MAN’S LOVING QUEST
Man on quest to help others with bike invention
BILL Forward first created the Bike Chair to help his wife, Glad, who had lost much of her mobility.
Not only did the bike bring them back together, it has also helped them create new, precious memories. Now he wants to help others do the same.
AFTER 54 years of marriage, Bill and Glad Forward still do everything together, and during the last 14 years, a clever invention has kept that sanctity alive.
In 2004, Mrs Forward was diagnosed with Alzeimier’s, a debilitating brain disease.
Mr Forward said before her diagnosis, he and his wife spent much of their time outdoors, but as her condition progressed, her loss of mobility threatened the couple’s daily ritual.
“We used to love to walk around Mooloolaba, the Spit and different places by the river at Cotton Tree, but she began to stumble and fall as she lost her mobility,” Mr Forward said.
“I thought this is too good, too nice to lose.”
After living in Asia for several years, Mr Forward said he drew inspiration from the inventions he had seen others create.
“I was sure I could arrange to get a bike chair made where she is sitting in front of me and I’m pedalling along behind,” he said.
“That way she could sit and point things out and we would be looking at the same thing.”
After experimenting with the design, Mr Forward took his plans to close friend Ken McKenzie who was able to make the idea a reality.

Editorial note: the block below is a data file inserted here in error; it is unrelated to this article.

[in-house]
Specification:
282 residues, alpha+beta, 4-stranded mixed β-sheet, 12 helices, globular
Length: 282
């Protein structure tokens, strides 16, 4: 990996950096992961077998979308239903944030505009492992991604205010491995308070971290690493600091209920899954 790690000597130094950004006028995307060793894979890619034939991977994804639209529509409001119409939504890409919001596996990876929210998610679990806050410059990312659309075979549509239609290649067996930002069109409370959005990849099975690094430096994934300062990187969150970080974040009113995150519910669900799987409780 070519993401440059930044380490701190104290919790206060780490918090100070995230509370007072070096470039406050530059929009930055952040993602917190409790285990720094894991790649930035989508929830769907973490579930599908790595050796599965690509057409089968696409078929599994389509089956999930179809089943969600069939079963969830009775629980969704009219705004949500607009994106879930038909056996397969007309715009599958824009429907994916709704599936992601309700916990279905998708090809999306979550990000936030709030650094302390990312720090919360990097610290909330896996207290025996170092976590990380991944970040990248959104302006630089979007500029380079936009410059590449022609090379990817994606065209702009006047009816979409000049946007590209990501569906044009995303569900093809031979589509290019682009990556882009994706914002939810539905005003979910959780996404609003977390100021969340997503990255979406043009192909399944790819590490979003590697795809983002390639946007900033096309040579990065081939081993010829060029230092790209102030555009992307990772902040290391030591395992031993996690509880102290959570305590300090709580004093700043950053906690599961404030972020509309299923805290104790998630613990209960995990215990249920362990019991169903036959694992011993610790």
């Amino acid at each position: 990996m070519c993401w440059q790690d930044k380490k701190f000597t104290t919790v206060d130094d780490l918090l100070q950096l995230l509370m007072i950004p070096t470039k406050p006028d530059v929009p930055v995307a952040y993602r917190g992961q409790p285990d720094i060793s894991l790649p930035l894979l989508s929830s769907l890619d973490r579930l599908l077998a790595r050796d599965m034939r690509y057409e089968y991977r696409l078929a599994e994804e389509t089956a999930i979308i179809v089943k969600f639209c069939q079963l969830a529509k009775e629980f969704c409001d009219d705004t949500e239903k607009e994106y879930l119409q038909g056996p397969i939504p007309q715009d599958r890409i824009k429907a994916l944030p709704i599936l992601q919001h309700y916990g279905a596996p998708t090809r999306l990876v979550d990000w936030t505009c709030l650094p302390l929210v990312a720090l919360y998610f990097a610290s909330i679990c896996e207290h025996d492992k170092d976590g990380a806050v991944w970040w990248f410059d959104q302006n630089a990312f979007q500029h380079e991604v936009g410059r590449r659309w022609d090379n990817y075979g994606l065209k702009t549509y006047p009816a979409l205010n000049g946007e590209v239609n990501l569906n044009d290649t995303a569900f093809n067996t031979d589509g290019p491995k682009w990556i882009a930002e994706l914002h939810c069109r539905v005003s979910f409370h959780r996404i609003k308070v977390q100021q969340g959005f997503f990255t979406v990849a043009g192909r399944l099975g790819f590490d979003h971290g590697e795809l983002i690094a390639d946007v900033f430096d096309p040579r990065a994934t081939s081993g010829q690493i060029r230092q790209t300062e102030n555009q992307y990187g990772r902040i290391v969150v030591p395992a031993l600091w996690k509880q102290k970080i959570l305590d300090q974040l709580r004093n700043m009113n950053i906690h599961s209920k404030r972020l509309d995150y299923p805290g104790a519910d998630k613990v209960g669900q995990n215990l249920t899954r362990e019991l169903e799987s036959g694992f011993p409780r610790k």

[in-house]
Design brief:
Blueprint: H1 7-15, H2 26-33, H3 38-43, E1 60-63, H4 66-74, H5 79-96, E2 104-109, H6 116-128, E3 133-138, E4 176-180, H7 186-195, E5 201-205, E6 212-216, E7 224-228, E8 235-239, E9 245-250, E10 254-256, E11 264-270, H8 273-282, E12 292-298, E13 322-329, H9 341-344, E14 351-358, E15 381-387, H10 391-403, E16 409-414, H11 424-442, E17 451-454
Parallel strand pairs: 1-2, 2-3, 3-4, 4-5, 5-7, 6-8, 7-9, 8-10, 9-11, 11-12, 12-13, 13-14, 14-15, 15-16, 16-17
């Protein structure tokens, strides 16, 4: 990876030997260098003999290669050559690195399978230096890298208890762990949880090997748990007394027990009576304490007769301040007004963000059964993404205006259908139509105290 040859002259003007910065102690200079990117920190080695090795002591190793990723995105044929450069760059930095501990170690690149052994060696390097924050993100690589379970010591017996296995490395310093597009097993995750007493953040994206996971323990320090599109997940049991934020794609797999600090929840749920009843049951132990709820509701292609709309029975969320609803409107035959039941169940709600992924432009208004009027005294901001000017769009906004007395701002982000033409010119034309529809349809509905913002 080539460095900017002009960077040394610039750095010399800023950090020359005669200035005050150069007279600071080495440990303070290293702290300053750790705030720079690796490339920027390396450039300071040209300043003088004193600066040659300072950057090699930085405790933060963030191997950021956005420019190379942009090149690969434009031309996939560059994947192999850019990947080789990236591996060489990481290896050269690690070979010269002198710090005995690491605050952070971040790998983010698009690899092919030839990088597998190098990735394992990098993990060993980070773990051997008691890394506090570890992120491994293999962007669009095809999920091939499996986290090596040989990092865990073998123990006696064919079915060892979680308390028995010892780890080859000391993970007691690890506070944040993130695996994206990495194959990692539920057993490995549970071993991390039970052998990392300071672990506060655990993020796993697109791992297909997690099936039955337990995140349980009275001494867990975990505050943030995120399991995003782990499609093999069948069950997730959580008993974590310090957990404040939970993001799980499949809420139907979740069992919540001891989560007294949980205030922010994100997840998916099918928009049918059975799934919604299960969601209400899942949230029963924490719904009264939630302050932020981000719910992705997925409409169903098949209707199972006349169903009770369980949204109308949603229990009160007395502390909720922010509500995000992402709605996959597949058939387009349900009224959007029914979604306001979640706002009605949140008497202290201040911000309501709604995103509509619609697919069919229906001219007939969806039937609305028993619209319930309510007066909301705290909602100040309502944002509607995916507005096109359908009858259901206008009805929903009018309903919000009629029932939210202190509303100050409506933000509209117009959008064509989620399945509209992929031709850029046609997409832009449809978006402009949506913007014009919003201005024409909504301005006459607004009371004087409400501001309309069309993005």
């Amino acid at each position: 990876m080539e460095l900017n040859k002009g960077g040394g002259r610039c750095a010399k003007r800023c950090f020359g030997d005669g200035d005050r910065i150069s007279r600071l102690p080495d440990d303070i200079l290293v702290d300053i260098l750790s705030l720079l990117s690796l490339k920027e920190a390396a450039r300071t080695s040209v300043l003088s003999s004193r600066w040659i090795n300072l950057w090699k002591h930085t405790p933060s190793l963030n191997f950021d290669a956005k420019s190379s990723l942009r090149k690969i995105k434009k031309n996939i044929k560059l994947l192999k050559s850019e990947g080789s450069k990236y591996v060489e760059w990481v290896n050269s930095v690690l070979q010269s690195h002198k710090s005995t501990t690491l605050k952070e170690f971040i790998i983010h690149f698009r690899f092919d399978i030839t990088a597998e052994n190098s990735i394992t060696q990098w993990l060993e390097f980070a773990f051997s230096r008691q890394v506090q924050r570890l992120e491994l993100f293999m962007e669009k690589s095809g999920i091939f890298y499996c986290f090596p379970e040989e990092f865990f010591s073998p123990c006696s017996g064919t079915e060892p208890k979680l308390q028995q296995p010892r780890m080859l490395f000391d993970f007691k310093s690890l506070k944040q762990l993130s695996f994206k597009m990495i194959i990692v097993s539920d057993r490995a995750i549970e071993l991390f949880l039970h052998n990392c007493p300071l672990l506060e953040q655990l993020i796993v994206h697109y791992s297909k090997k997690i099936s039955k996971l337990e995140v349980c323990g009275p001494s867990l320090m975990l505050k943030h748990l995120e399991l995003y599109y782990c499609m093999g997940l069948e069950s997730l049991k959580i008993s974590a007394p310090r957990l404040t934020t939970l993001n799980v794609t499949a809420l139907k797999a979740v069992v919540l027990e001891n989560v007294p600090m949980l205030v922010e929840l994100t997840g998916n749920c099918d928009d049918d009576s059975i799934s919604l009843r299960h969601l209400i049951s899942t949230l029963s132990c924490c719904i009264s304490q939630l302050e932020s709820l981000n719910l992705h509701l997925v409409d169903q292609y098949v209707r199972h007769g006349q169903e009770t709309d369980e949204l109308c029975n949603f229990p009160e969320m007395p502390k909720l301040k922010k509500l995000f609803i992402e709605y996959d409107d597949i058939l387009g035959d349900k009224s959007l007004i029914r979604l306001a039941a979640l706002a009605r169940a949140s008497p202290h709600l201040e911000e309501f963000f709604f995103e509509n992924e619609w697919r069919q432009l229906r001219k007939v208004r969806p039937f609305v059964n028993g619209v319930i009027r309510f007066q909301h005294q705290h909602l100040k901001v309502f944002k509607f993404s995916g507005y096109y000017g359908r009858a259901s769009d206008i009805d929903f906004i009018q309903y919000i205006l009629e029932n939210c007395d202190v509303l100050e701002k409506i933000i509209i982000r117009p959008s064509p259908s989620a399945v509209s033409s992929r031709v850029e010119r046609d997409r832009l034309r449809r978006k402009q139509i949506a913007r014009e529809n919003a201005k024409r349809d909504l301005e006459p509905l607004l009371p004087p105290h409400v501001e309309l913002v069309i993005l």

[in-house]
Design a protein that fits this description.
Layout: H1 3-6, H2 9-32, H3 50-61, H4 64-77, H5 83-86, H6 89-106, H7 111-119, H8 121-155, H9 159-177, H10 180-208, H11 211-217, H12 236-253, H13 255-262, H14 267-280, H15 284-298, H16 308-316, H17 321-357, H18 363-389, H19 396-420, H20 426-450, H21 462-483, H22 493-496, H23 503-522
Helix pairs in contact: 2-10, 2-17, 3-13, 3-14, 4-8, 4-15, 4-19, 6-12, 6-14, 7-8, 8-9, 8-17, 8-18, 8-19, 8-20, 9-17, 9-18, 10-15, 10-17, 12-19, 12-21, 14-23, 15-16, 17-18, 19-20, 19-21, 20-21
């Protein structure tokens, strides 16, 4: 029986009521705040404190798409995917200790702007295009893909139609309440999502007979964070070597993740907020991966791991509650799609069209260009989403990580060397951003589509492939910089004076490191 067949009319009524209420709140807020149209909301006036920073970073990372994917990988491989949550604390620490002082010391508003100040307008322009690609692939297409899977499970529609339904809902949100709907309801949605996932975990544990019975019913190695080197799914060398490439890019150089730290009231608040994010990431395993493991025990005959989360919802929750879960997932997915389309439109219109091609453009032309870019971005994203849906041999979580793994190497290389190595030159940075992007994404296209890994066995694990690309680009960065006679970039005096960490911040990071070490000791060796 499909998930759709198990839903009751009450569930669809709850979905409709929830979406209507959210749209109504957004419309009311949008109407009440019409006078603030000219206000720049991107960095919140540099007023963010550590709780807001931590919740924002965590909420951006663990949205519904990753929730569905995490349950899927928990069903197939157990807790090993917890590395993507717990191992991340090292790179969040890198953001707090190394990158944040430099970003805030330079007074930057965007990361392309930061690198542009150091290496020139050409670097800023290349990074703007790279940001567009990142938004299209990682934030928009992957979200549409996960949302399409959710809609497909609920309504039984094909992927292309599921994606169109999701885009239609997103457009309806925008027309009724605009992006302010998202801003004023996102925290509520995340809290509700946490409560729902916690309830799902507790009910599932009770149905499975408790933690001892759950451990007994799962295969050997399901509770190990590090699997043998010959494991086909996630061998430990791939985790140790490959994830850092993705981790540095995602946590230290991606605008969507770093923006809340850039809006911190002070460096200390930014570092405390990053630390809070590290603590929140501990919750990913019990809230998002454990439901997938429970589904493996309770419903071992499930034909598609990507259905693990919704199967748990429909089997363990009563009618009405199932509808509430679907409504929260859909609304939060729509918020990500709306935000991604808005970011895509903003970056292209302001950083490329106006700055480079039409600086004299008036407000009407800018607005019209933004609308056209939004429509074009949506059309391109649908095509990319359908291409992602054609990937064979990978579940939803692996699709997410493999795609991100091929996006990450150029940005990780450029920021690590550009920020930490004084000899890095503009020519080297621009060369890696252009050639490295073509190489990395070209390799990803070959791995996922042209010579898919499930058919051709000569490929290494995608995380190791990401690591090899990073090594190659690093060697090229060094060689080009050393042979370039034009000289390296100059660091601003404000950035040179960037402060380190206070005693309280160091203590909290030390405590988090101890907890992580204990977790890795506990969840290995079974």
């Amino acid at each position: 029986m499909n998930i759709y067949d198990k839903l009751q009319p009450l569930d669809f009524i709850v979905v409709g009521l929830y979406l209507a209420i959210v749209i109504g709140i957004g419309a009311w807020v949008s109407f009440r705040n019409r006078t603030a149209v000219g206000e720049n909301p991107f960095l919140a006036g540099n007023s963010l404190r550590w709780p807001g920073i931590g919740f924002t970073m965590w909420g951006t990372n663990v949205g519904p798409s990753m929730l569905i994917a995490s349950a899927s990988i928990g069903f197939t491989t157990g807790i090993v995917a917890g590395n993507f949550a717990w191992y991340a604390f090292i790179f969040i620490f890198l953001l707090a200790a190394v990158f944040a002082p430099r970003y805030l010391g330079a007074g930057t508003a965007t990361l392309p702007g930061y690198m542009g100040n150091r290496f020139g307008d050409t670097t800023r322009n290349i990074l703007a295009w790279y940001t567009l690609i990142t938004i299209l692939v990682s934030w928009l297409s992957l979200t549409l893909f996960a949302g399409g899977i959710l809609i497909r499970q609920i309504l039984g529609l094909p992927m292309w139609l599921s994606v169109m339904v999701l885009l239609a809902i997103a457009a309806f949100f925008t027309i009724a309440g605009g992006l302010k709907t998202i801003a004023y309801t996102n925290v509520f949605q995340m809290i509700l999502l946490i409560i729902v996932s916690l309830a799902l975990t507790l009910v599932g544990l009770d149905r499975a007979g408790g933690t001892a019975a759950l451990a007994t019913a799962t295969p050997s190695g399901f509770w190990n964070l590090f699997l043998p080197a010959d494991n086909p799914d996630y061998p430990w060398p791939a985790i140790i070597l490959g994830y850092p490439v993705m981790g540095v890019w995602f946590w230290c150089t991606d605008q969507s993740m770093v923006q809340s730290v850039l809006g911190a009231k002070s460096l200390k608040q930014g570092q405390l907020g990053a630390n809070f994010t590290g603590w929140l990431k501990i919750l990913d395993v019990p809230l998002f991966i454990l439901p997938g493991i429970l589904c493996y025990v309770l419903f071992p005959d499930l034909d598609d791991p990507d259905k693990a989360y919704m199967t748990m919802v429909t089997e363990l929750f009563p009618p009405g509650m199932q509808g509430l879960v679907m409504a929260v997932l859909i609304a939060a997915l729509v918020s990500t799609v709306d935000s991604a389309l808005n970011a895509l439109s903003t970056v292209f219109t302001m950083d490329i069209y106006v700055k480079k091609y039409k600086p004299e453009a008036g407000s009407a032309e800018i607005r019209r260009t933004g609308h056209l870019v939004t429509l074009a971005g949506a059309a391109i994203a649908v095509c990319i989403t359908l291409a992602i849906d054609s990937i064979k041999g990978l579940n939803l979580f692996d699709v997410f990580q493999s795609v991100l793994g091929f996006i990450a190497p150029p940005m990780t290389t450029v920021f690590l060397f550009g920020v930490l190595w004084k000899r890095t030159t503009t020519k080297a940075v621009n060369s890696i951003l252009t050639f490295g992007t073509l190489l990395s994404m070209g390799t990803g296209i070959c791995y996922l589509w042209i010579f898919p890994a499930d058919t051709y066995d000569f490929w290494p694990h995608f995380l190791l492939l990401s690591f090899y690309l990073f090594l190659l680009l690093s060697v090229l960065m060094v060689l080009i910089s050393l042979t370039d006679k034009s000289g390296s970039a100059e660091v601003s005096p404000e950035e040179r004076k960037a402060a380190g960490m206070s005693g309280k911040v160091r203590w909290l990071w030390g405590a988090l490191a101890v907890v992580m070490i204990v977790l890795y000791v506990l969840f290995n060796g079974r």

Mr Forward said the bike had enhanced both his and his wife’s lives by allowing them to keep doing the things they treasured.
“The alternative would be me pushing my wife around in a wheelchair,” he said.
“A wheelchair means we’re not nearly so free, we don’t have the pleasure of the wind in our hair and the sun on our face.”
But to get this product onto the market for the world to use has proved difficult for the devoted husband.
After Mr Forward and Mr Mackenzie began manufacturing the bike, the project was stalled by concerns about liability insurance.
“Our plans had to be certified by an engineer or we would no longer be covered if someone hurt themselves using our bike,” Mr Forward said.
“I reached out to about 30 different engineering groups and not one was interested in helping.
“A solicitor advised we stopped making them.”
After this, the pair outsourced their plans to a Sunshine Coast-based charity, hoping it would be able to progress the project to the next stage.
But now, three years later, there is still no momentum moving the project forward despite its international demand.
“I have thousands of emails from people all over the world asking me where they can get the bike,” Mr Forward said.
“The whole project has been held back by red tape.”
At 77 years of age, Mr Forward’s primary focus is now about looking after his wife, whose disease has continued to progress.
He has passed the management of the Bike Chair project on to his son-in-law, who is in talks with US-based companies that are interested in manufacturing it.
But Mr Forward is urging investors or engineers in the region to jump on board with a project that could help change lives locally, and around the world.
“I want it to be a service to the community, not a money maker,” he said.
“All I ask is that $50 from each sale goes into a trust account with my wife’s name, so those who are in need of the bike and can’t afford it can be subsidised.”
If the Bike Chair sparks your interest, email firstname.lastname@example.org.
KEEP SPINNING: Bill Forward wants his design to help others like it has helped him and his wife, Glad.